Preoperative T2-weighted (a), T1-weighted (b), and gadolinium-enhanced T1-weighted (c) magnetic resonance imaging (MRI) shows a tumor mass in the suprasellar region. The tumor shows a high level of homogeneous enhancement with gadolinium


Figure 2

Preoperative axial fluid-attenuated inversion recovery (FLAIR) on MRI shows perifocal vasogenic edema reaching up to the mesencephalon bilaterally and to the internal capsule


Figure 3

Histopathology of the resected tumor demonstrates solid neoplasms comprising clusters and cords of epithelioid tumor cells within variably mucinous stroma that typically contains a lymphoplasmacytic infiltrate (a and b). Nuclei are round to oval in appearance without evidence of cellular atypia or mitotic figures. Magnification, a) ×200, b) ×400. Scale bar, a) 250 μm, b) 100 μm


Figure 4

Photomicrographs revealing immune-histopathology of the tumor. Most tumor cells are strongly immunoreactive for GFAP (a), CD34 (b) and TTF-1 (c). This tumor shows slightly positive staining for Ki-67 (MIB-1) (MIB-1 labeling index: 2.0%) (d). Magnification, a-d) ×400. Scale bar, a-d) 100 μm


Figure 5

Postoperative (a) sagittal and (b) coronal images of gadolinium-enhanced MRI at 12 months after surgical resection show no residual tumor in the suprasellar region



Chordoid glioma of the third ventricle is a rare tumor with both glial and chordoid features. This tumor is currently recognized as a distinct glioma with grade II malignancy.[ 2 3 9 12 13 14 19 20 ] In previous reports, chordoid glioma has been described as tending to occur in middle-aged and older adults (25–75 years).[ 8 15 ] The clinical symptoms of this tumor are variable, according to tumor size and location.[ 3 4 9 12 18 19 ] However, the epidemiology has not been clarified because of the low incidence of this tumor.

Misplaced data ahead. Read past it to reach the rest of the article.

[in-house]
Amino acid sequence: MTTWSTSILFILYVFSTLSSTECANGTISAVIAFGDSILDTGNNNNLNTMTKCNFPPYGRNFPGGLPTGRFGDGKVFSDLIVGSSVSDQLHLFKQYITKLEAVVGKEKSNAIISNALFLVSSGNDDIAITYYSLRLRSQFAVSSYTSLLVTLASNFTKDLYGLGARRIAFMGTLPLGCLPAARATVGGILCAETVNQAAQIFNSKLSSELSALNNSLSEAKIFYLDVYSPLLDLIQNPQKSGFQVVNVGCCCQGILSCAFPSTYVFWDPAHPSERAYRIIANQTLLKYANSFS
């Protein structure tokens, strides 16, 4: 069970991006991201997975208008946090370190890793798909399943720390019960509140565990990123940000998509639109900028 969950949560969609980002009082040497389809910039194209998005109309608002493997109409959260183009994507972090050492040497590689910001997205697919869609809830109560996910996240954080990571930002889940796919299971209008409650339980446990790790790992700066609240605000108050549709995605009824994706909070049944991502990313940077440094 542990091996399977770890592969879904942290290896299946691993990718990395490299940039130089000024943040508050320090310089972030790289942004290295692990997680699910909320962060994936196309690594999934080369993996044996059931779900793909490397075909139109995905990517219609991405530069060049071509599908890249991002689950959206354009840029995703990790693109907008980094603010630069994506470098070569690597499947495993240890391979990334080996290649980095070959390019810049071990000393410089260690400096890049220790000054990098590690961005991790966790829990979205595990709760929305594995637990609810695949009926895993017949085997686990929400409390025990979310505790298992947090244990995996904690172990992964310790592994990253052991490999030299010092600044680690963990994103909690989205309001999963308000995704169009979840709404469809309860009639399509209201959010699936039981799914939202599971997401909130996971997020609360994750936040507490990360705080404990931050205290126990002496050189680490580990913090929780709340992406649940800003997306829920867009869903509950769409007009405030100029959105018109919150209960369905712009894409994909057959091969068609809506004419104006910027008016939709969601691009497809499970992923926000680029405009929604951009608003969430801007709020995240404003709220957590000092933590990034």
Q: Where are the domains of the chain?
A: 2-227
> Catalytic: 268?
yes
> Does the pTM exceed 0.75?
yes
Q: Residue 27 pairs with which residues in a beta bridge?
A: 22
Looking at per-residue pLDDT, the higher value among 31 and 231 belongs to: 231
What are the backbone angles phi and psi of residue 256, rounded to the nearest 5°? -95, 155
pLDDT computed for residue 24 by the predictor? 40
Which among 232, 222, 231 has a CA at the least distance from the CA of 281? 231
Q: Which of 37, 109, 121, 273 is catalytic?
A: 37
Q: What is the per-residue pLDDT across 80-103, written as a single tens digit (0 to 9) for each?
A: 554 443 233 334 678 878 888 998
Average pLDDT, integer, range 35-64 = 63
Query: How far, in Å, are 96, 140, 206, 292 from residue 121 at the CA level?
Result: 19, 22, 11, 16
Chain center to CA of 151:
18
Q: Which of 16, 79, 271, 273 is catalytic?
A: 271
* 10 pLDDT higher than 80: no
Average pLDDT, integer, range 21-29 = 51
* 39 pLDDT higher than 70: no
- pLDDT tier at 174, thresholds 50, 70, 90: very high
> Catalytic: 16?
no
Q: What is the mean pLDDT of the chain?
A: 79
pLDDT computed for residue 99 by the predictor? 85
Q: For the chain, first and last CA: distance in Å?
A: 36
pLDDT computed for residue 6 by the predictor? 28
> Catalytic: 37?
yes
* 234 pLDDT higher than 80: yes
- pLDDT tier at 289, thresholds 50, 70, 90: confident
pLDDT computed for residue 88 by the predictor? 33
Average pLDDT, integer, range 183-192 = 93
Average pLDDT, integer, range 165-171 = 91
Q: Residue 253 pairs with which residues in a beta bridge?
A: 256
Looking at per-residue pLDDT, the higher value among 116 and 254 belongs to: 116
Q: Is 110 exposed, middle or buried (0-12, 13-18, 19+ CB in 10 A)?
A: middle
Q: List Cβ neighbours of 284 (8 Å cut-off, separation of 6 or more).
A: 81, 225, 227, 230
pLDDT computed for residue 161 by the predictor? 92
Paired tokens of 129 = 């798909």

In terms of imaging characteristics, preoperative identification of this tumor with radiological examinations may be difficult. In general, MRI depicts chordoid glioma as isointense on T1WI, and iso- or slightly hyperintense on T2WI. Strong enhancement has been seen after administration of Gd.[ 3 8 19 ] In addition, another report described this tumor mass as generally showing a symmetrical distribution and causing vasogenic edema in compressed adjacent CNS structures, including the optic tracts, basal ganglia, and internal capsules.[ 6 13 ] This perifocal edema in the optic tracts or basal ganglia on MRI (FLAIR) is extremely interesting and seems to be the key finding for accurate preoperative diagnosis of chordoid glioma. Therefore, we consider such recognition before surgery leads to safe, effective treatment of chordoid glioma.